Infidelity is one of the most devastating events you can go through. Unfortunately, adultery in the UK is quite common.
There were 107,599 divorces among opposite-sex couples and 822 among same-sex couples in 2019. Both figures are higher than the recorded cases in 2018. Most of these people cited unreasonable behaviour as their ground for divorce. This includes adultery.
If your spouse committed adultery, there’s no easy way to deal with the situation. You may develop mental health issues, such as anxiety and depression. So you must take measures to protect your mental health.
How to Protect Your Mental Health While Dealing With Infidelity
The early stages of discovery will likely be among the most painful times of your life. But no matter how impossible it seems, know that you can survive adultery with health and social care. Here are some ways you can take care of your mental health while coping with your spouse’s infidelity:
Feeling intense emotions, such as panic, fear, and anger, can literally make it hard to breathe. This is your body’s way of preparing you for fight or flight. But this can make it difficult to think and leave you exhausted afterward.
Ground yourself by taking deep, slow breaths. While you’re in the grip of a life-altering experience, you may feel helpless and out of control. As a result, something as simple as managing your breathing can be empowering.
Accept your emotions.
Shock, panic, confusion, anger, pain, and sadness are natural responses to infidelity. You will likely feel a mixture of these emotions for a while. Don’t hesitate to acknowledge them. Adultery broke the bedrock of your marriage, so it’s normal to mourn your relationship. Pushing away these feelings can lead to unhealthy coping mechanisms and take a toll on your mental health.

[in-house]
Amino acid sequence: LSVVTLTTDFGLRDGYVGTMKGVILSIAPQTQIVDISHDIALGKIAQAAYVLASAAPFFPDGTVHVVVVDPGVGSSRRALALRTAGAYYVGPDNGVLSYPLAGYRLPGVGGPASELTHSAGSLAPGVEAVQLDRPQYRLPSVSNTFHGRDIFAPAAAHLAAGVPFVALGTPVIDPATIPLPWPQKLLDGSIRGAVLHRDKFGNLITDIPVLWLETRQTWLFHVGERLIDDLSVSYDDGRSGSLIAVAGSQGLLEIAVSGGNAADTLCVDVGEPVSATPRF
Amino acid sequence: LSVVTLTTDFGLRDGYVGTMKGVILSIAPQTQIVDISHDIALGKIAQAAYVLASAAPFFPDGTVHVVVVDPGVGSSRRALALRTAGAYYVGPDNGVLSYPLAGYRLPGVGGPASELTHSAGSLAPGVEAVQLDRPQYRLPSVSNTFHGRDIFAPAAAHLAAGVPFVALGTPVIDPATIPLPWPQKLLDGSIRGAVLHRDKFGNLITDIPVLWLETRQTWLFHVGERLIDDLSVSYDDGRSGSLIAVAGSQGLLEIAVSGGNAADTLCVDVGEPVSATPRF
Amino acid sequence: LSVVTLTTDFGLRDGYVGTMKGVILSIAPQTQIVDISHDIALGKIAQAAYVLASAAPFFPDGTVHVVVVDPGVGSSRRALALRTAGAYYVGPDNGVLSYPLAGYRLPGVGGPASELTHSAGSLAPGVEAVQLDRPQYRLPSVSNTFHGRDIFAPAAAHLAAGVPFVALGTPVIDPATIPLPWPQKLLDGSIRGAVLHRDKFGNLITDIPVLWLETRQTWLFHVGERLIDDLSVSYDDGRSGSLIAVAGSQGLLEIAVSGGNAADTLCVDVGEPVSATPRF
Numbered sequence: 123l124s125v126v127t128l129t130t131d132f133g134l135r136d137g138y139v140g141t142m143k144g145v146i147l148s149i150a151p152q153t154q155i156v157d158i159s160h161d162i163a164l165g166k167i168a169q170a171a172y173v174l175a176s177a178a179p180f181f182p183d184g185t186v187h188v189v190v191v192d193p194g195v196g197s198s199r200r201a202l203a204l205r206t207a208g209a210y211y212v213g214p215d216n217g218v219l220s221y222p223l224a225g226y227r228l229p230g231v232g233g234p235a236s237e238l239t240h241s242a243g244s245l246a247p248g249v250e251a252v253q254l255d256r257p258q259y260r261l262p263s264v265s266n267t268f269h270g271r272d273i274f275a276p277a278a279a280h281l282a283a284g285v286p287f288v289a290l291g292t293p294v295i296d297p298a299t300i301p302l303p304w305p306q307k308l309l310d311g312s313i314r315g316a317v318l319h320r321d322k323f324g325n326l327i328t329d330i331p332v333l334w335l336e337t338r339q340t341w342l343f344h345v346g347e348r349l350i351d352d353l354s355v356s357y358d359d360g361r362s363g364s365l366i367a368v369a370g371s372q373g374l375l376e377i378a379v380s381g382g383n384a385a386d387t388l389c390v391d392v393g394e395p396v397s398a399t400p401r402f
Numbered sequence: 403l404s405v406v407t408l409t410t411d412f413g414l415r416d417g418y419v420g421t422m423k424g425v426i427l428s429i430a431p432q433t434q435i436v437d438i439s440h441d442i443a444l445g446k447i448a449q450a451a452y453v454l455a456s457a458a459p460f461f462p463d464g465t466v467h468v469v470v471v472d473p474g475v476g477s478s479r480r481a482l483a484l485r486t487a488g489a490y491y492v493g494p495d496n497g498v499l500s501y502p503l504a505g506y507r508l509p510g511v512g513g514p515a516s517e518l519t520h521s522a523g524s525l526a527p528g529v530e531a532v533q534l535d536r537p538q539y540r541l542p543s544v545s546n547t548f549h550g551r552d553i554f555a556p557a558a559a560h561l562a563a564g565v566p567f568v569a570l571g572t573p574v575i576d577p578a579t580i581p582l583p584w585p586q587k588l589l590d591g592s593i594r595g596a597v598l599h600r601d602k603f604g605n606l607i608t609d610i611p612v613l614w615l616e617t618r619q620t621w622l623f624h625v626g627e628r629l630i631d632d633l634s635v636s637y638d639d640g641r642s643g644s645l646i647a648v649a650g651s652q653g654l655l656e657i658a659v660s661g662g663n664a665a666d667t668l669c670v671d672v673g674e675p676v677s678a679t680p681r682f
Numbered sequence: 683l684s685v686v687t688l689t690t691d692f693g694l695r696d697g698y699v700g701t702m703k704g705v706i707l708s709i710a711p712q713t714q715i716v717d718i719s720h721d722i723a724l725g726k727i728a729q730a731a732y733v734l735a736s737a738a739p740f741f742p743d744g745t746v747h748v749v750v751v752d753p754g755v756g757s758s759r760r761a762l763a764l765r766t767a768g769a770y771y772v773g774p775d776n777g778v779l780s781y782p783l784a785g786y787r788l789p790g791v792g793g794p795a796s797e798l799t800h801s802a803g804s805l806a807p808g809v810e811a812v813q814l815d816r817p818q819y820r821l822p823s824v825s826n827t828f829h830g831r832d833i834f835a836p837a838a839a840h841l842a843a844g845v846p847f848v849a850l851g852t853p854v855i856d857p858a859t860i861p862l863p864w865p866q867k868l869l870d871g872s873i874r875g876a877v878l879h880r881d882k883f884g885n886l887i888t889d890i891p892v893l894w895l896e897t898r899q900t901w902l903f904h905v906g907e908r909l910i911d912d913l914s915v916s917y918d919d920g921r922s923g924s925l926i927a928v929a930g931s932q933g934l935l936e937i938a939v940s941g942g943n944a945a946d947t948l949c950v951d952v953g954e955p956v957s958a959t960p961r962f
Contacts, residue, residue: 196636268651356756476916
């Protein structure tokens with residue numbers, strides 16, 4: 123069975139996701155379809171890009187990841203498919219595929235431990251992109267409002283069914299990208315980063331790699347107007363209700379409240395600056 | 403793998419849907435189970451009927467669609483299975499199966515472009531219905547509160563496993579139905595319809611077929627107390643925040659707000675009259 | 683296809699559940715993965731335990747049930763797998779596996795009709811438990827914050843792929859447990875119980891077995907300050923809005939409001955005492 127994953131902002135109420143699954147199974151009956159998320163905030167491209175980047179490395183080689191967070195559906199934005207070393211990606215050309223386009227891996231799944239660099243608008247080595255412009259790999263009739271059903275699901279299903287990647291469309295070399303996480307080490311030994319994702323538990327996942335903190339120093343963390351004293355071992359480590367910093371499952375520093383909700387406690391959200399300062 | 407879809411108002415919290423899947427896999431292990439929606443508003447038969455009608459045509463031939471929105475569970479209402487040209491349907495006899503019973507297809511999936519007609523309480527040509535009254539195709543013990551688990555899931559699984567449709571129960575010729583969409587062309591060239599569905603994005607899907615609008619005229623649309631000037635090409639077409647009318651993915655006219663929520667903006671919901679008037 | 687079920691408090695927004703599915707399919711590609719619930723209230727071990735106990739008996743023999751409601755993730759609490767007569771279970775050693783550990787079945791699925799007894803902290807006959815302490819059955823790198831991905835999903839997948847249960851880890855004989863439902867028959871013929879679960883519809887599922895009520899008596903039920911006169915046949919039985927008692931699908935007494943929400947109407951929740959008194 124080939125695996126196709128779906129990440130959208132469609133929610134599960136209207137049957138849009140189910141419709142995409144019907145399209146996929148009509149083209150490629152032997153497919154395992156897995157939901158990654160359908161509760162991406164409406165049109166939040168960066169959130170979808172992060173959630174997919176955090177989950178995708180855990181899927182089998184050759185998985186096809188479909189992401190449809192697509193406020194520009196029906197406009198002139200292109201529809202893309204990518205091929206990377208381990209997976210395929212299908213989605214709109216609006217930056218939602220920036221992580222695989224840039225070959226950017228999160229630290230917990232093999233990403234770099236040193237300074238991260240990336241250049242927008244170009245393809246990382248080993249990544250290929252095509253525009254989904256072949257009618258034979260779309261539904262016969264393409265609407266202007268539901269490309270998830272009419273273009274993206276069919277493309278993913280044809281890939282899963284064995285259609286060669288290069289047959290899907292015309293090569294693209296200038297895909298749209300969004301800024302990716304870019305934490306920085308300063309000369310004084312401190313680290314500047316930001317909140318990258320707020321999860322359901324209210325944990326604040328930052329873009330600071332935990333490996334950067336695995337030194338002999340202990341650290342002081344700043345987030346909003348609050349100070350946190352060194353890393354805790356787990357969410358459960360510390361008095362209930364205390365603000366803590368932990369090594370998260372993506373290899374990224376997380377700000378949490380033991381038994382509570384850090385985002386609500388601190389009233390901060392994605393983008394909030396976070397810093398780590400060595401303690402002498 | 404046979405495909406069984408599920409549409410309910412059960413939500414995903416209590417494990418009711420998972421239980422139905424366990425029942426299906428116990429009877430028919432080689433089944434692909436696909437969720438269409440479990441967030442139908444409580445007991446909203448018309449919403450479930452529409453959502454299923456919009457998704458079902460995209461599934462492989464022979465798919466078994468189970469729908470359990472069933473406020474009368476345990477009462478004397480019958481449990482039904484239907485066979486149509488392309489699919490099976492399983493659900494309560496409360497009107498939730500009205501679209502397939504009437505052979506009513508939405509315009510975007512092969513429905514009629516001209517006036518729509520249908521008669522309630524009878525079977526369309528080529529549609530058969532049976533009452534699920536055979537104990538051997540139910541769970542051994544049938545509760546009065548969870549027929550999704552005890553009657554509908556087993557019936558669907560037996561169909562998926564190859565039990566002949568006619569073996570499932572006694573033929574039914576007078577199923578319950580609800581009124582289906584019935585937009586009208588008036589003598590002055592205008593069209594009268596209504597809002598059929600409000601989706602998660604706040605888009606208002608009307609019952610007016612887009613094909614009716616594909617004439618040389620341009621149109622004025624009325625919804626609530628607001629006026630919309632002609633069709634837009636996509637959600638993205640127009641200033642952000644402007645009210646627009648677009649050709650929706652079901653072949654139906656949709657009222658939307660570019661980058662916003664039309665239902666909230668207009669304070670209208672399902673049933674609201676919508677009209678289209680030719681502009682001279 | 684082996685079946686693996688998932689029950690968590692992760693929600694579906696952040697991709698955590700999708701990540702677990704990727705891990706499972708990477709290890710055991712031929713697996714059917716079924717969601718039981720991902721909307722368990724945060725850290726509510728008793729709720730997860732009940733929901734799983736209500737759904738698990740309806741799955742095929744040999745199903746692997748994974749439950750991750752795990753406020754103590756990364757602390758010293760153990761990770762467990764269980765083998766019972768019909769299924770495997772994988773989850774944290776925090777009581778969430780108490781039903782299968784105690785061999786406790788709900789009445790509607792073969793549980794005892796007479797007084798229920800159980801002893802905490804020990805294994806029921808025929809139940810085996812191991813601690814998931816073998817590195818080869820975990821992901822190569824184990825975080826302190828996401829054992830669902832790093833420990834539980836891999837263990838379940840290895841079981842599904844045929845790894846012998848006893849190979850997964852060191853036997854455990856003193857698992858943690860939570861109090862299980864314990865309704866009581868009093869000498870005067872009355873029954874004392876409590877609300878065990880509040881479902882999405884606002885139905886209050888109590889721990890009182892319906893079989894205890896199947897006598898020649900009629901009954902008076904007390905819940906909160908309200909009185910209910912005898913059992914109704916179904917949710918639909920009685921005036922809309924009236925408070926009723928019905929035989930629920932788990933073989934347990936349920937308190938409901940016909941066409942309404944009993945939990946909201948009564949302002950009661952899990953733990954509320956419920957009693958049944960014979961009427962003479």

Don’t focus on who’s to blame.
Blaming your spouse, the third party, or yourself won’t change anything. Also, there’s seldom a simple answer to why married people cheat. It could be:
- Caused by other issues in your marriage
- Due to emotional or sexual dissatisfaction
- Related to something in your spouse’s past
- Utterly unrelated to you or your marriage
Regardless of the reason, what’s done is done. It would be best to focus more on surviving the aftermath of the adultery.
Get emotional support.
Most people respond to adultery in one of two ways. They either want nothing to do with their unfaithful spouse or become determined to save their marriage. Whichever category you fall under, recovery will be a painful process.
Healing will be difficult. So it’s best to reach out to family or friends for emotional support. Not only can they help you survive what happened, but they can also make you feel less isolated. This reduces the risk of developing physical and mental health issues.
Take Care of Your Mental Health With Listening Support
Not comfortable with seeking support from your friends and family? That’s okay. This is normal, especially if you share not only your family but also your friend groups.
You can count on Talking for Therapy for round-the-clock listening support. Our advisors are trained to give people dealing with adultery in the UK a safe, non-judgmental talking space. We’re always ready to listen to anything you’d like to share. Schedule a call today, and let’s talk about YOU.